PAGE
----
A placenta previa primer
Pregnancy can be both a time of bliss and a time of challenges, including placenta previa for about 1 in 200 women.
Placenta previa is when the placenta, which supplies babies with food and oxygen, lies low in the uterus and covers part or all of the opening to the vagina. Early in pregnancy, it usually isn’t an issue since the placenta grows upward, however, if the placenta is blocking the birth canal later on, it can prevent vaginal delivery and cause serious bleeding.
“If you are concerned about placenta previa or have received a diagnosis, your doctor can let you know what activities to limit, your treatment options and any signs that may mean you need to go to the hospital,” said Dr. David Clay. “Our goal is always to support the health of you and your baby, and it’s good to remember that this is temporary.”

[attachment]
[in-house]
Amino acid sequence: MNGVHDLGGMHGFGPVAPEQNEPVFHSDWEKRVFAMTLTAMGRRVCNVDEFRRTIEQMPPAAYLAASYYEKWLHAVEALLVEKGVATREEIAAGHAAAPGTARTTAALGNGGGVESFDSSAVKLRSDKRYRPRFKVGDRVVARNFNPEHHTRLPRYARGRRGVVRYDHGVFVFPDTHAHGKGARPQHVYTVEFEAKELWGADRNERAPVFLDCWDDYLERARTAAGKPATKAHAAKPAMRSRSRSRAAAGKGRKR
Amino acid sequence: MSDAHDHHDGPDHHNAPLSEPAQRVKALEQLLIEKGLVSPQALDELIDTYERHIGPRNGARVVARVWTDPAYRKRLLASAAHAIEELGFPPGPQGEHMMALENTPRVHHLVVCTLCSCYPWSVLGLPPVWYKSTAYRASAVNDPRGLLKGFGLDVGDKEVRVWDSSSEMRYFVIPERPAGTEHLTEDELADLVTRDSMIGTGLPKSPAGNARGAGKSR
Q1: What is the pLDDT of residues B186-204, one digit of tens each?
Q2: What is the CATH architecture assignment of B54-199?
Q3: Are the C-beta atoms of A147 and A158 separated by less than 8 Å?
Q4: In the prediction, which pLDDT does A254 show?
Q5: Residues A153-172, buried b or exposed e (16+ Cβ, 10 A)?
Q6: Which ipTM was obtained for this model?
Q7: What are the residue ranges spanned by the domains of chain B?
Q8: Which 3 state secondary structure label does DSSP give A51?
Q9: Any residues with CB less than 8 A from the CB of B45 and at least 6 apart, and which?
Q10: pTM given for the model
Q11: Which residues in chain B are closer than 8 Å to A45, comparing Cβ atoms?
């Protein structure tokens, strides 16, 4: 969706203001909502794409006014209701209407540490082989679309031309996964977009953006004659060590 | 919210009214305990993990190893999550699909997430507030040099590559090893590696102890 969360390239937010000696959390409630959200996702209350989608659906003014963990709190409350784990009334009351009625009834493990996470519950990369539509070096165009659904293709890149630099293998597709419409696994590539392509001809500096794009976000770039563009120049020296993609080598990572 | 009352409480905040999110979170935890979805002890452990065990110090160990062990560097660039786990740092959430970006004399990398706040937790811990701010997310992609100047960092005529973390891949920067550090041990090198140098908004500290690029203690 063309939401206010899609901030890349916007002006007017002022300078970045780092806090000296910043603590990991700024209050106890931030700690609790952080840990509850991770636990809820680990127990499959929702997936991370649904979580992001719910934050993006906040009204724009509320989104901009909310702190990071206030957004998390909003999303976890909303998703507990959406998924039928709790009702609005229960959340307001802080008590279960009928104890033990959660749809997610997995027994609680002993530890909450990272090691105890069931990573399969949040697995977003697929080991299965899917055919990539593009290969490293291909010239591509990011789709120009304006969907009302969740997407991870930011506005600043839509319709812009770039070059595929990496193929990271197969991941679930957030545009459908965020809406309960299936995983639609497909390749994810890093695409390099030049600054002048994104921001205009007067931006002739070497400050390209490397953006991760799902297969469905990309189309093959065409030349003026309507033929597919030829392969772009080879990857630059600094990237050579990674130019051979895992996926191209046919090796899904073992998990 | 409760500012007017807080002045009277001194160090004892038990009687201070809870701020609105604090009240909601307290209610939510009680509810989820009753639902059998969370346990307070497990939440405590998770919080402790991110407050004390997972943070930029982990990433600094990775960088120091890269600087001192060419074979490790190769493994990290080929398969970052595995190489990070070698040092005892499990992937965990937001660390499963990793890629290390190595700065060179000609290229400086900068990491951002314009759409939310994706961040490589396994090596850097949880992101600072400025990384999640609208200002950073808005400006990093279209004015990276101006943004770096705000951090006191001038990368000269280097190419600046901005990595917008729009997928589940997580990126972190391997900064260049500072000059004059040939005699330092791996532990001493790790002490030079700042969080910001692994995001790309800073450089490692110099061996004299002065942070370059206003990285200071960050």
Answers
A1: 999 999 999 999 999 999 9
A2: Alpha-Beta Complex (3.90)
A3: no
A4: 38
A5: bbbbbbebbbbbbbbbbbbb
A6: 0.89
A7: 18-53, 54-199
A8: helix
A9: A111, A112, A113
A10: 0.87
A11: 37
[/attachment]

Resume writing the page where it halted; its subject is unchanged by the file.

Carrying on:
It’s often a condition without symptoms that is discovered through an ultrasound; some women also have painless bleeding or mild cramping associated with placenta previa. Risk factors can include previous c-sections, pregnancy with multiples, smoking, age 35 and older and history of fibroids.
Treatment varies depending on the timing and overall health of mom and body. The aim is to stay pregnant as close to 40 weeks as possible, which may entail reducing activities, bed rest and a Cesarean section. Women with a lot of bleeding may have blood transfusion and steroids to help the baby’s lungs and other organs develop faster.